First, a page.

JM Rayburn (BA, Portuguese and International Studies, 2009) spends his days building a stronger Columbus through his interests in urban planning and community development. A licensed realtor, Rayburn is also deeply involved with sustainability initiatives including the Columbus Green Team and EcoDublin. He believes you should find three areas that you want people to know you by; for him, it’s urban planning, technology and design, and LGBT issues. Rayburn spoke with us below about his involvement in Columbus and gave advice to others looking to have a meaningful impact in their city.
Tell us about your college experience.
My experience at Ohio State started in the Honors & Scholars Program. I was an International Affairs Scholar. It provided unique opportunities, like traveling and being able to see and understand the global economy. Part of that involved taking a group of students to a country that’s less traveled. So, I went to Brazil.
It was very cool because I grew up learning Spanish in South Florida. The trip was monumental because it gave me a perspective I didn’t have. I came back and changed my focus. I started a dual degree with Portuguese and International Studies, specializing in world business and economy. I focused on trade theory and foreign investments. From there, I took a year off and then decided to study city and region planning out of the Knowlton School within the College of Engineering, where I got my masters.
What are you involved in around Columbus?
The areas I fall under are transportation, urban planning and real estate. I am a licensed real estate agent and have worked in both market-rate and affordable housing. While my career as an urban planner began with statewide rail planning, I now work for the City of Dublin doing long-range planning, which is more comprehensive and policy-oriented. I’m also involved in sustainability initiatives, appointed to the Columbus Green Team and chairing EcoDublin.
I’m one of the founding members of the organization called Forge Columbus, which seeks to move the dial on civic innovation and support community businesses. We are dedicated to enhancing shared prosperity for our city, which is why we just kicked off a campaign called Forge Ahead. We used a unique approach to urban planning and were able to foster 13,000 engagements online, creating the largest crowd-sourced transportation plan in the country. We wed that with best practices around the world, and now, Forge Ahead is available to the public. It’s a way for us to find out what kind of city we want to be.
We used a unique approach to urban planning and were able to foster 13,000 engagements online, creating the largest crowd-sourced transportation plan in the country. We wed that with best practices around the world and now Forge Ahead is available to the public. It’s a way for us to find out what kind of city we want to be.
We won a competitive grant from the Create Columbus Commission to help tell this unique story. The Create Columbus Commission was created under Mayor Coleman to retain and attract young professionals. Forge Columbus wouldn’t have been possible without strategic partnerships with the City, Civic Artworks, Transit Columbus, the Knowlton School, the Columbus Museum of Art and everyday citizen experts. The success of Forge Ahead, however, will hinge on its transfer of ownership from me to the public.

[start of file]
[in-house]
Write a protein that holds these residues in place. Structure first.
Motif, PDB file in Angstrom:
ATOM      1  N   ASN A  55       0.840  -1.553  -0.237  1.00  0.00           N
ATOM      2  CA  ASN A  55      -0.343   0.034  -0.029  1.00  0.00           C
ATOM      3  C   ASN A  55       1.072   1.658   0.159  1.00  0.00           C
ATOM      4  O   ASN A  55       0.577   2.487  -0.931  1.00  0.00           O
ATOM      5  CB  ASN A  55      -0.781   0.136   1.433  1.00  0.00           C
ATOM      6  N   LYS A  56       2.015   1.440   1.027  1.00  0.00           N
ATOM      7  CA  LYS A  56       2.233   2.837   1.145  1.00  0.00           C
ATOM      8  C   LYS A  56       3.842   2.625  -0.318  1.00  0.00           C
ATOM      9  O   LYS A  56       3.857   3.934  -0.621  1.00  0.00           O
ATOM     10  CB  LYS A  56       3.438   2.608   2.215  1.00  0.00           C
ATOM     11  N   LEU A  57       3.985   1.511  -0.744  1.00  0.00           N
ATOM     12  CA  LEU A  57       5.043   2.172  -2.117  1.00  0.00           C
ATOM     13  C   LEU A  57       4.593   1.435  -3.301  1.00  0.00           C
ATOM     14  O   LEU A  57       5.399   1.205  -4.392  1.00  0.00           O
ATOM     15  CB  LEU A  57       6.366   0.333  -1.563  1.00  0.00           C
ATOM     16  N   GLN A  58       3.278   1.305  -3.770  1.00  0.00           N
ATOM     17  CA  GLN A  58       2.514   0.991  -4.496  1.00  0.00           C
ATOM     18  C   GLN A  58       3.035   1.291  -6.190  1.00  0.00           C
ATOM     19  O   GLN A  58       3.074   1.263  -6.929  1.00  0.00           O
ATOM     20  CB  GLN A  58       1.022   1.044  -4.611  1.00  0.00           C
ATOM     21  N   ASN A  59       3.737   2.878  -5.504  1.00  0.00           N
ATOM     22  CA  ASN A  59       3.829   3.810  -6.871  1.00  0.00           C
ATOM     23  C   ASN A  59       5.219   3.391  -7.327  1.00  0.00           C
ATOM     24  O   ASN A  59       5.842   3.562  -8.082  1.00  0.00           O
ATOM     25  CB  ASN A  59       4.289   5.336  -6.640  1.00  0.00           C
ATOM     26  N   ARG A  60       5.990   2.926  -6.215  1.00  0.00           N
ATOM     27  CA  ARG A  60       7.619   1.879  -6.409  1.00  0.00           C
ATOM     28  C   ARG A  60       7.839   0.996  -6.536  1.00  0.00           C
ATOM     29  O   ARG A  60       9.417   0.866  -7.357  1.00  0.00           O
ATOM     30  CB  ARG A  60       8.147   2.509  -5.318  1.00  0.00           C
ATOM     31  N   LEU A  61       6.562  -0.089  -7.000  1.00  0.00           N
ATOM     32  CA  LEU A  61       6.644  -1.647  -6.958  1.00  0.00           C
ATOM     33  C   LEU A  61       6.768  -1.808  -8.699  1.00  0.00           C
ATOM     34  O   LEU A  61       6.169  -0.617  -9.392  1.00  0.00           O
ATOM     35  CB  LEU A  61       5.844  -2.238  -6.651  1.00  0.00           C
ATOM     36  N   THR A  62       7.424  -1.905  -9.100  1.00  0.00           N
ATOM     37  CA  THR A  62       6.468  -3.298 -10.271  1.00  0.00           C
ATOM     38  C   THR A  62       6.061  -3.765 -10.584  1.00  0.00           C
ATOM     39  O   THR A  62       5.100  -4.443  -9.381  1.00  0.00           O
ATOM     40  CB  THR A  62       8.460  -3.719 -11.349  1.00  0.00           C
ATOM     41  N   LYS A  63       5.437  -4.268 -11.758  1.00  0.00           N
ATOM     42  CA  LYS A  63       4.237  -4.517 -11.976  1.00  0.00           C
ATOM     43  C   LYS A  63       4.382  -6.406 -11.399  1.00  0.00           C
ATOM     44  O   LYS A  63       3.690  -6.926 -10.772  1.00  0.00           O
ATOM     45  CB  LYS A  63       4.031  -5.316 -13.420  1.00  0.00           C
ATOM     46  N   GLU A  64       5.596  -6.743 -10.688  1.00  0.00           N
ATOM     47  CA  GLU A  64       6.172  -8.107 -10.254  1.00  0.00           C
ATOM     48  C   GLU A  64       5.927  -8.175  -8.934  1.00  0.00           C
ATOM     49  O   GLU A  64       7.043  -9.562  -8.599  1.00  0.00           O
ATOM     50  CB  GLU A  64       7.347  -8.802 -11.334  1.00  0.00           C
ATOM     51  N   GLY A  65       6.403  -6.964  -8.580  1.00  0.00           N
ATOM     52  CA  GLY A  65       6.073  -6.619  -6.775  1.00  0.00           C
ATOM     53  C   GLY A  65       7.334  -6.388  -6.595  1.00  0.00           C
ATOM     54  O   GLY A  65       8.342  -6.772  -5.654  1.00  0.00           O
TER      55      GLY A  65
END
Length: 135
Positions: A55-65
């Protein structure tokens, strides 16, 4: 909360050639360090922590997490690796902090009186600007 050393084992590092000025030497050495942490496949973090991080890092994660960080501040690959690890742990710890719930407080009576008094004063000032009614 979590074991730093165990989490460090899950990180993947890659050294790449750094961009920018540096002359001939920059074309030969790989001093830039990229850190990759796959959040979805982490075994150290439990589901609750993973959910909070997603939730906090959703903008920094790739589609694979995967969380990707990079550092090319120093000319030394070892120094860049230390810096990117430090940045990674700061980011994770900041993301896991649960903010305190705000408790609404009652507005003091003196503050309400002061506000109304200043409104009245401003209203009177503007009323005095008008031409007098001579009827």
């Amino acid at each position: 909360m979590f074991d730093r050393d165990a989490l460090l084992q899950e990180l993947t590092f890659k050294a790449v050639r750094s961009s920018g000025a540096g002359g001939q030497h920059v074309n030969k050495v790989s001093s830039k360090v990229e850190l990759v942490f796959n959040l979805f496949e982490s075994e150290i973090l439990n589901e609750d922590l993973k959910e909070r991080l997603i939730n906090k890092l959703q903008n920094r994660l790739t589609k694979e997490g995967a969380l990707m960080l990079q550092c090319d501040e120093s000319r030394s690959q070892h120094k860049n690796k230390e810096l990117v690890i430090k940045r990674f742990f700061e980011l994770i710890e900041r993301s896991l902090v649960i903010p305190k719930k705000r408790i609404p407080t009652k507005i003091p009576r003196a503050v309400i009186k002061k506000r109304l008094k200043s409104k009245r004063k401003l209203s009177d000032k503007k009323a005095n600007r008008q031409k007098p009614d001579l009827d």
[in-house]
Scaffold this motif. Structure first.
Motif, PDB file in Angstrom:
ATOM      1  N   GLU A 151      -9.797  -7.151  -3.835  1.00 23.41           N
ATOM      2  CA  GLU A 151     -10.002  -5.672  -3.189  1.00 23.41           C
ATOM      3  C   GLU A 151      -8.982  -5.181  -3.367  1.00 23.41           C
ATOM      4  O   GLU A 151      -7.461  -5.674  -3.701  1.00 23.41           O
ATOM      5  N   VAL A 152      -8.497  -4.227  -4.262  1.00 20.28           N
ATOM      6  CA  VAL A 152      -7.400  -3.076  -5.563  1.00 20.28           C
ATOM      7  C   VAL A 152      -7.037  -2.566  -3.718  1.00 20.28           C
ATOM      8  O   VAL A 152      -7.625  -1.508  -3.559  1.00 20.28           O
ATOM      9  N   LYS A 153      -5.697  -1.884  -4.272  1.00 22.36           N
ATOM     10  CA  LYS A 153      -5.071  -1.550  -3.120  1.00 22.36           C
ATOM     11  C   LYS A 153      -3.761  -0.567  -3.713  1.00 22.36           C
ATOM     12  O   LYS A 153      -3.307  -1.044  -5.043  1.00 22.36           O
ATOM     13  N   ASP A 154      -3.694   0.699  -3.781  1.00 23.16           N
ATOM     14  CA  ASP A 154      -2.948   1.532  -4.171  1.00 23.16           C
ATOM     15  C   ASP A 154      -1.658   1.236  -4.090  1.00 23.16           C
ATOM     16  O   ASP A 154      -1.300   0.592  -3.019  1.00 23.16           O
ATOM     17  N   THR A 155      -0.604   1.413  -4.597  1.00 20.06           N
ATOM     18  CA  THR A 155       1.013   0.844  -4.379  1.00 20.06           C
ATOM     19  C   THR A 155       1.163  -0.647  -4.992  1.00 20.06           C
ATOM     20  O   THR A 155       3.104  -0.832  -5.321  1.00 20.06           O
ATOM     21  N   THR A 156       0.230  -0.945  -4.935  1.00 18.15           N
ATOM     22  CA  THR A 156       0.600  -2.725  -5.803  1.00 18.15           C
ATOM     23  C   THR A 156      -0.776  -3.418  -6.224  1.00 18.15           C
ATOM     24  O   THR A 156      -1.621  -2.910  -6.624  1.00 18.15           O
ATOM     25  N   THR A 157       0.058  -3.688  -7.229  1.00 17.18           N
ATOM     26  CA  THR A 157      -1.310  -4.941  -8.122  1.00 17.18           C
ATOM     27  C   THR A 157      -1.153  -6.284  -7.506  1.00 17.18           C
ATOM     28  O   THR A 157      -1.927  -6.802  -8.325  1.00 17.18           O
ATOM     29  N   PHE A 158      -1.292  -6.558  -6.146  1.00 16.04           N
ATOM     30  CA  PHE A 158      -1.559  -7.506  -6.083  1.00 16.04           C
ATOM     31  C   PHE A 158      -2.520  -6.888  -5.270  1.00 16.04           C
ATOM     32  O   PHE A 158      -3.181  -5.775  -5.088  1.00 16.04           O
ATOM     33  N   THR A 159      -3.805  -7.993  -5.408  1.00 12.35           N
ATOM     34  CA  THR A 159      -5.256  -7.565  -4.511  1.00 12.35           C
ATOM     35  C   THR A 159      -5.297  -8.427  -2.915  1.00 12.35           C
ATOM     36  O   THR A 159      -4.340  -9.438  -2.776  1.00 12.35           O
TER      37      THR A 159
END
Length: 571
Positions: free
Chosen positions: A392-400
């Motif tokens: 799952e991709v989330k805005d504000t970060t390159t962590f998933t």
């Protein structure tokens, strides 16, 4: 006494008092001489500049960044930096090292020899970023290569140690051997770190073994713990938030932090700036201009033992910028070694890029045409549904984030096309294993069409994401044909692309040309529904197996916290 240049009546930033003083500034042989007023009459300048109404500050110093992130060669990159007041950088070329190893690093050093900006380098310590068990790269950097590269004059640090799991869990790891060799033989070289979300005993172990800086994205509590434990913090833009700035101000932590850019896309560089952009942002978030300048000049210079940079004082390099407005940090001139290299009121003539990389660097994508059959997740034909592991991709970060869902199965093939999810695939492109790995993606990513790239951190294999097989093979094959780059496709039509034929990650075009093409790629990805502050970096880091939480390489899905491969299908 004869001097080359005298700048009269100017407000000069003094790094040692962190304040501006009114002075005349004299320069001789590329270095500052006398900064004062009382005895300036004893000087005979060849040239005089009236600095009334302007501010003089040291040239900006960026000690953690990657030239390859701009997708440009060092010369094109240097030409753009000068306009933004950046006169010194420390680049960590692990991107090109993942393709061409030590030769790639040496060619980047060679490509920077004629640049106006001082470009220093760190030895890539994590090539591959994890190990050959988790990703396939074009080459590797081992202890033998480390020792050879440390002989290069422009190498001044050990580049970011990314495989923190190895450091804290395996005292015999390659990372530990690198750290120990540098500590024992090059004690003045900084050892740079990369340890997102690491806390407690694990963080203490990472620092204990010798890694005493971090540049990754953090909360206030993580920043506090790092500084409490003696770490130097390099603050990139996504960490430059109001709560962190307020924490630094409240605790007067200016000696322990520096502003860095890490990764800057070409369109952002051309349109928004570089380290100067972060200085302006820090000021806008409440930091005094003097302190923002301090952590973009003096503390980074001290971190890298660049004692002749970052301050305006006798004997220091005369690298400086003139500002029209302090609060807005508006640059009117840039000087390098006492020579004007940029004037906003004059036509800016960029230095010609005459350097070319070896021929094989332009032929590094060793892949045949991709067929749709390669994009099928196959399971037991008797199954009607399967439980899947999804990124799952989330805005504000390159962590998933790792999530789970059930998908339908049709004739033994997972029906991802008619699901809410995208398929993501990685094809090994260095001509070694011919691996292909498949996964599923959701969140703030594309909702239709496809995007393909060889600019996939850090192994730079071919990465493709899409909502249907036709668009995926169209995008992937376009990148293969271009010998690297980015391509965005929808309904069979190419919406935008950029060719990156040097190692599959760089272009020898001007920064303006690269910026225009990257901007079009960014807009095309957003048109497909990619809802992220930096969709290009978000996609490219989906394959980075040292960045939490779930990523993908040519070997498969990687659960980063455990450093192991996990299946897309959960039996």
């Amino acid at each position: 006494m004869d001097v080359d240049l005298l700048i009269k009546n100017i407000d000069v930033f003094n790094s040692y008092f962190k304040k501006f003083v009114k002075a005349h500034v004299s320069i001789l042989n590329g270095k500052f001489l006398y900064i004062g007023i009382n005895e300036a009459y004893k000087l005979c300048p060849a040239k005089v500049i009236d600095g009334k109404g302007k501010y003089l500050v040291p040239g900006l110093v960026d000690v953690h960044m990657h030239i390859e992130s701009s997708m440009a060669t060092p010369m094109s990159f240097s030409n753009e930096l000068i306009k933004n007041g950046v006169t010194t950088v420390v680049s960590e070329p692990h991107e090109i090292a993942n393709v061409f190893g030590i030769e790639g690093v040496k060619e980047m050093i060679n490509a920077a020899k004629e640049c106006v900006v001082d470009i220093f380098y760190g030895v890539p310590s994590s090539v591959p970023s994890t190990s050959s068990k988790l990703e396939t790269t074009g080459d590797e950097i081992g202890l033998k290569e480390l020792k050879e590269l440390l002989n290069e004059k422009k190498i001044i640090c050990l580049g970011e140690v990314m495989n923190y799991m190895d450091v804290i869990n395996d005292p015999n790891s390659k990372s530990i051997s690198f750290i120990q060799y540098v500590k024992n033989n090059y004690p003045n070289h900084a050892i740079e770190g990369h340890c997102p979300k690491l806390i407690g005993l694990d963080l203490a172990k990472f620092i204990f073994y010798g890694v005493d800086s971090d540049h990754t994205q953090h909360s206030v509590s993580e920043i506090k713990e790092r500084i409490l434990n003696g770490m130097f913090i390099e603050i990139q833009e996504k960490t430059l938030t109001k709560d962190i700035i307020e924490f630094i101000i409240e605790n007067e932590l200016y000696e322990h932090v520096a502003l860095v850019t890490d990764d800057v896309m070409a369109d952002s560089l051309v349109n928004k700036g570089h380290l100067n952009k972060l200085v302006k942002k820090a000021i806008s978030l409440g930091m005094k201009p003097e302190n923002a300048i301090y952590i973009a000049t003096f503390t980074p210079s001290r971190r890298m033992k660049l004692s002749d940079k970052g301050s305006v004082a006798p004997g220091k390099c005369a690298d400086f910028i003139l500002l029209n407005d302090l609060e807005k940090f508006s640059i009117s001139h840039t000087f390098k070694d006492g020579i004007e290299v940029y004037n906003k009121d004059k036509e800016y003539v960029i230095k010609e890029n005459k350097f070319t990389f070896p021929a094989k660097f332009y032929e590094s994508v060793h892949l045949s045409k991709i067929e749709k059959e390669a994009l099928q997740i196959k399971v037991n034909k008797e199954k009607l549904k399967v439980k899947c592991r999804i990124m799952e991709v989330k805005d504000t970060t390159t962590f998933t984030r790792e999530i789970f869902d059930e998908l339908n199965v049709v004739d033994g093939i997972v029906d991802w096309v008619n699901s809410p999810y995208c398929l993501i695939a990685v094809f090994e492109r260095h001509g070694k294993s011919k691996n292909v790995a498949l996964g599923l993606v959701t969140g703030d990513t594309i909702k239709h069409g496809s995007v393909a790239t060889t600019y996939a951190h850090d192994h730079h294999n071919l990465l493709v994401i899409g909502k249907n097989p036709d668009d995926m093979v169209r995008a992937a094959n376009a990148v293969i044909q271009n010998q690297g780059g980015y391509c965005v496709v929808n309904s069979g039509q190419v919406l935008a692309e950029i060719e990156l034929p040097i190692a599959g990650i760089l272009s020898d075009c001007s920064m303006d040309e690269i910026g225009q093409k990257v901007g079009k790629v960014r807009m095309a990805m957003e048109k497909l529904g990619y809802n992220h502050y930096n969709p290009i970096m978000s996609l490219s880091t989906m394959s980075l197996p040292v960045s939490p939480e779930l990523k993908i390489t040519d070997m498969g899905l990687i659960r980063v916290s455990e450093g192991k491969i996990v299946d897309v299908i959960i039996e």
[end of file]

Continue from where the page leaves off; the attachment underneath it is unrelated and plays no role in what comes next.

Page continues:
Tell us about your journey. How did you get to where you are today?
I think a lot of people want to be part of something bigger and there is something meaningful and rewarding in that, but we also have life. A very close family member was diagnosed with a terminal illness when I was about to graduate from undergrad. When you come to the realization of your own mortality, it really reorganizes your priorities. That’s what got me to pivot from an international to a domestic focus.
I saw a great talk by the former lieutenant governor Lee Fisher, who runs an organization called CEOs for Cities. It’s like Forge Columbus but with an exclusive focus on smart cities and smart city policies. Something he said really galvanized with me: If you want to change the world, start with your city. It’s big enough to have an impact, but small enough that you can understand what the needs and the challenges are in your community. It set the stage for me to pursue urban planning. I wanted to understand how through my city I could make a better world.
@ASCatOSU grad @j_aimejm has his sights set on changing the world, and he’s starting here in #Columbus #ASCDaily
Do you have any advice for students?
I hope there is a desire to contribute back to society and find ways that you can have a meaningful impact. The biggest part of that is building relationships. You have to be on top of your profession but you also have to able to build strategic relationships; you can’t do it all by yourself. You need to do it as a team or part of an effort.
You also have to form your own brand. Find three areas that you want people to know you by. For me it’s urban planning, technology and design, and LGBT issues. I like to post about all these areas on social media. I think you have to dress and act for the position or foster the status that you want to have.
Why do you love Columbus?
It’s like what I said before: If you want to change the world, start with your city. Columbus is what I know best and Columbus is a fairly progressive city. When I look back and see where I was and where I’m going, I’m convinced that only in Columbus could my story be true. The local government and policy makers are very accessible. There is still a lot of work to be done here. It’s a city on the rise.
By Molly Kime, ASC Communications Student